Scheduling lunch at a hotel that was about burn to the ground probably sounds like a bad idea.
After the meal, my companion would have been escorted along with the other ladies to the “Fainting Room” where they could loosen their corsets and be able to breathe, free from the clouds of smoke emanating from post-prandial stogies being puffed upon by their men-folk down in the hotel’s Grand Court dining room.
Well, that’s way it would have been at San Francisco’s Palace Hotel, just before the 1906 earthquake and fire destroyed the world’s largest hostelry, erected in 1875.
Today, things are far different.
Holidays at the Palace
While you can get the royal treatment visiting the Palace anytime during the year, the Christmas to New Year holiday season offers some special treats. You can enjoy Holiday Tea, listen to the Paul Scheffert Jazz Trio at the Christmas Day Grand Jazz Buffet Brunch, or celebrate at the New Year’s Eve Dinner in the Pied Piper Bar & Grill or at brunch in the Garden Court on New Year’s Day. (Visit the hotel’s event calendar for details).
But having lunch any day in the Garden Court is a palatial experience this time of year. A Christmas tree reaches for the sky in the center of the dining room. And if you’re on Santa’s “Nice” list, you may be lucky enough to be serenaded by some of his little helpers, as my travel writing colleague, Terry Gardner, and I were last week.
Going On Tour
In the mid-1970’s, I spent a lot of time wining and dining at the elegant Palace. But by the end of the 1980’s, this once grand hotel was looking worn down at the heels. It closed down for two years for an extensive renovation, reopening in 1991. Then it had another make-over in 2002.
While Terry and I were taken on a private tour during our visit last week, you can take a public tour and learn about the history of this renowned hotel, too. San Francisco City Guides leads a free stroll through the Palace most Tuesdays and Saturdays at 10:00 a.m., and Thursday’s at 2:00 p.m. Reservations are not required; just check the tour schedule, and then show up at the right side of main lobby at 2 New Montgomery Street (just south of Market Street)
An optional two course lunch ($25 per person exclusive of tax and gratuity, soft drink included) is offered after the Tuesday/Saturday tours, and before the Thursday tour. During the Christmas-New Year holidays, lunch is in the Pied Piper Bar & Grill; the rest of the year it is served in the Garden Court.
Unlike the tour itself, reservations are essential for the lunch. Call the hotel (not City Guides) at (415) 546-5089 to make your arrangements.
Following the Pied Piper
“The Pied Piper of Hamlin” doesn’t lead the hotel tours. He hangs over the bar that bears his name.
According to the hotel’s Website, when the Palace was rebuilt after the 1906 San Francisco earthquake and fire, “Artist Maxfield Parrish met with Frederick Sharon, owner of the almost completed Palace Hotel on April 20, 1909. From Windsor, Vermont, on April 24, 1909, Parrish wrote:
“I will make for the barroom in the Palace Hotel, San Francisco, a painting measuring about 6′ x 16′ for the sum of six thousand dollars to be delivered on the first of November 1909. If you will kindly acknowledge the receipt of this, as far as I am concerned, it will be all the agreement necessary.’ The letter is signed with artistic flourish. Palace advertising currently (2009) places the value of this piece of art at $2,500,000.”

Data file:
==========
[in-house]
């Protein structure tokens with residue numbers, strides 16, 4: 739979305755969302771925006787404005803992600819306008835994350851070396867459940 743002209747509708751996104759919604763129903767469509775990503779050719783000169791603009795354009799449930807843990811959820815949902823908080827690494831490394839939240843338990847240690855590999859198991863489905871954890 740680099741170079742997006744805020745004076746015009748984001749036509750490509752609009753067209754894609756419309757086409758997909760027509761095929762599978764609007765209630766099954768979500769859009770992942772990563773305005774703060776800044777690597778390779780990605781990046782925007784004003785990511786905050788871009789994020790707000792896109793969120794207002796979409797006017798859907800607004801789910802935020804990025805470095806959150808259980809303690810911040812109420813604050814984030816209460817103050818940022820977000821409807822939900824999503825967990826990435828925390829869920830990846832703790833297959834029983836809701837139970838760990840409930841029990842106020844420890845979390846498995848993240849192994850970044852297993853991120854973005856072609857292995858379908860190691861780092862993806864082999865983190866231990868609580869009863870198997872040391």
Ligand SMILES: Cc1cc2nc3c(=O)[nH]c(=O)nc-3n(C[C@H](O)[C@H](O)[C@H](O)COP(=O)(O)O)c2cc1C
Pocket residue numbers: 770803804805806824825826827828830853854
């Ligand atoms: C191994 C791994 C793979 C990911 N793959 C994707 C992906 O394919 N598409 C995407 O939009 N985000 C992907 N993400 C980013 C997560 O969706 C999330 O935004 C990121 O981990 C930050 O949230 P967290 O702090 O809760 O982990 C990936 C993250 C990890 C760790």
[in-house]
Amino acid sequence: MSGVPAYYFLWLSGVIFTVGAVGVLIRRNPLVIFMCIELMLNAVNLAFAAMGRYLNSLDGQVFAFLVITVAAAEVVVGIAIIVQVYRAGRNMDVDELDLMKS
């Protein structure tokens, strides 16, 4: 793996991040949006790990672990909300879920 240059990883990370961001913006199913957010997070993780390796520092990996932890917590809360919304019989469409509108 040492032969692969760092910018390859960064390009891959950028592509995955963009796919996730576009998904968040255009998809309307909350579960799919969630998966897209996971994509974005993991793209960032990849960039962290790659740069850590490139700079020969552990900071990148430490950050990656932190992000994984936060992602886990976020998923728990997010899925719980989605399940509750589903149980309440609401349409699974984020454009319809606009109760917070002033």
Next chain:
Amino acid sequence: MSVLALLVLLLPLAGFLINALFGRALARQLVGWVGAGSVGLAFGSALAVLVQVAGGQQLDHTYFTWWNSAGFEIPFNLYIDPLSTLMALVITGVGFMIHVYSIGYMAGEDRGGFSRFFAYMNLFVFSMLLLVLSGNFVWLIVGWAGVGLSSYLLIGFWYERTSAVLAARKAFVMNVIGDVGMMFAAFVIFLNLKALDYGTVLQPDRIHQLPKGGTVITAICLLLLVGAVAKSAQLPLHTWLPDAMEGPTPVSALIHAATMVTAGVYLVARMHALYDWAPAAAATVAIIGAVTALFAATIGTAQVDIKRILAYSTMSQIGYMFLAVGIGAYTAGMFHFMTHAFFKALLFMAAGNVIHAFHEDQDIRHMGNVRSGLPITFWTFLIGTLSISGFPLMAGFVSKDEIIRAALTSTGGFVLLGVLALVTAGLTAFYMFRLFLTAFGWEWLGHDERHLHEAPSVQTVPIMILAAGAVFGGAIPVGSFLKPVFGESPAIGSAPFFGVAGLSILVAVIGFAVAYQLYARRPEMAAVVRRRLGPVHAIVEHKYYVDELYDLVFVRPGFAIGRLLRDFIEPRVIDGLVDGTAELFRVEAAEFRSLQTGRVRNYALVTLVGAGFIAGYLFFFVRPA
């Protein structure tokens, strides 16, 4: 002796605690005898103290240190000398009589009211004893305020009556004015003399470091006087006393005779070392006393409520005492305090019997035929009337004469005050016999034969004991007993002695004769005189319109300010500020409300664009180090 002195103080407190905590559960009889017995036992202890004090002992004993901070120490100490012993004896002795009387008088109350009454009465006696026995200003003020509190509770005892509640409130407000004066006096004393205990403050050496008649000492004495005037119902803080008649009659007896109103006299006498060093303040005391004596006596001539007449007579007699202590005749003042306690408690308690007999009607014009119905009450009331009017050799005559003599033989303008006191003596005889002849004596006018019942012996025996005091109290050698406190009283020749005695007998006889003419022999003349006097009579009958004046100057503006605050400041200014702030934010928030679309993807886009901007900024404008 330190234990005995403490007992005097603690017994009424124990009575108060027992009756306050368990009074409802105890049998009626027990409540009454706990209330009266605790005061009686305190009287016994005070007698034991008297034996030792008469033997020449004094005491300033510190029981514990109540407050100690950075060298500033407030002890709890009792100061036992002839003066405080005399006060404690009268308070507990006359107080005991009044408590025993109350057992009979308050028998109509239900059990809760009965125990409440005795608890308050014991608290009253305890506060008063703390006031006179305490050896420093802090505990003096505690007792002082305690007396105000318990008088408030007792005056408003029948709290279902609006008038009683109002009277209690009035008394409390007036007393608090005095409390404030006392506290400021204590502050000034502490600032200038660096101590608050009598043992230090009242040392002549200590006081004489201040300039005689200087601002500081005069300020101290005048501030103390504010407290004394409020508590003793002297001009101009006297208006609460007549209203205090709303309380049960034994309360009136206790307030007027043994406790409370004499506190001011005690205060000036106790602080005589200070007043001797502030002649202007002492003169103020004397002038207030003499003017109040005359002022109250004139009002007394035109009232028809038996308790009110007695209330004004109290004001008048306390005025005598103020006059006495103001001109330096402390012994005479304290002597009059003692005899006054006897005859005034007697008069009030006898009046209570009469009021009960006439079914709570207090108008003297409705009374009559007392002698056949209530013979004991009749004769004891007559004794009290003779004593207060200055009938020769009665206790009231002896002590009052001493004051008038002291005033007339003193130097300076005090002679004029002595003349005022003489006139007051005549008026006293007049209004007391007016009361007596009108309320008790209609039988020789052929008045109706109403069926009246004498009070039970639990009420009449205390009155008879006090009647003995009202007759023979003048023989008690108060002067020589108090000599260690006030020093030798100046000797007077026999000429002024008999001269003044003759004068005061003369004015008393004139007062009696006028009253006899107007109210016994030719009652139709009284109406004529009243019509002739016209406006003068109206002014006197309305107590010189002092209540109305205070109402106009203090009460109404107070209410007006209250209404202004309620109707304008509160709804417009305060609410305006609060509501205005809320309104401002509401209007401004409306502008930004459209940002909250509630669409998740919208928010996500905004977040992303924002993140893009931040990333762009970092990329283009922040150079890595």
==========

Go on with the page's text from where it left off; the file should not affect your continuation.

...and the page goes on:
The dark wood paneling in the bar creates a quiet ambiance that entices you in to have one of the hotel’s signature martinis, like the “Mad Men” (fans of the hit television series of that name should dress in 1960’s white shirts and narrow ties and order this one), “The Ralston” (named after one of the hotel’s founders), or “The Charlie Chaplin” (honoring one of the hotel’s famous guests of the past).
If martinis aren’t your favorite beverage, try one of the hotel’s 100th anniversary cocktails like the “Emperor Norton” (one of early San Francisco’s legendary characters), the “Green Goddess” (the hotel’s chef created the famous salad dressing with the same name in 1923), or the “Lady in Red” (drink too many of these and you may see this scarlet-clad feminine ghost floating through the hotel).
The only problem with being a guest at the Palace Hotel is that you might only walk out of the door when you depart for home. It’s soothing atmosphere and amenities may entrap you, preventing you from seeing San Francisco’s famous tourist attractions.
I sat for a long time in a comfortable chair in the hotel’s lobby, content to do nothing before my guided tour. Lunch in the Garden Court was so pleasant that I wanted to just loiter there until dinner.
But, what I might have done if I was bunking in the hotel rather than just coming for the day, is to head up to fitness room to work off the calories I had just consumed, then taken a dip in the glassed- in pool with a stunning view of the nearby skyline through its atrium roof, toast in the adjacent sauna, and then hit the showers before going down to the Piper Piper for a pre-dinner libation.
King (or Queen) For A Day or More
Even if no portraits of royal ancestors hang on the walls in your “castle,” giving yourself a Christmas gift of a day or longer stay at San Francisco’s Palace Hotel will be worth hocking a few of the crown jewels. After all, you only live once, and they don’t call it “The Palace” for nothing.
(For more on visiting The Palace Hotel, read travel writer Terry Gardner’s blog, “Take off with Terry.” The Palace kindly provided us both with a complimentary lunch in the Garden Court. Go to The Palace Hotel.org to learn more about the hotel’s history.)
Tales Told From The Road wishes you a Happy Holiday Season wherever you may be. Be sure to watch our Christmas Holiday Videos.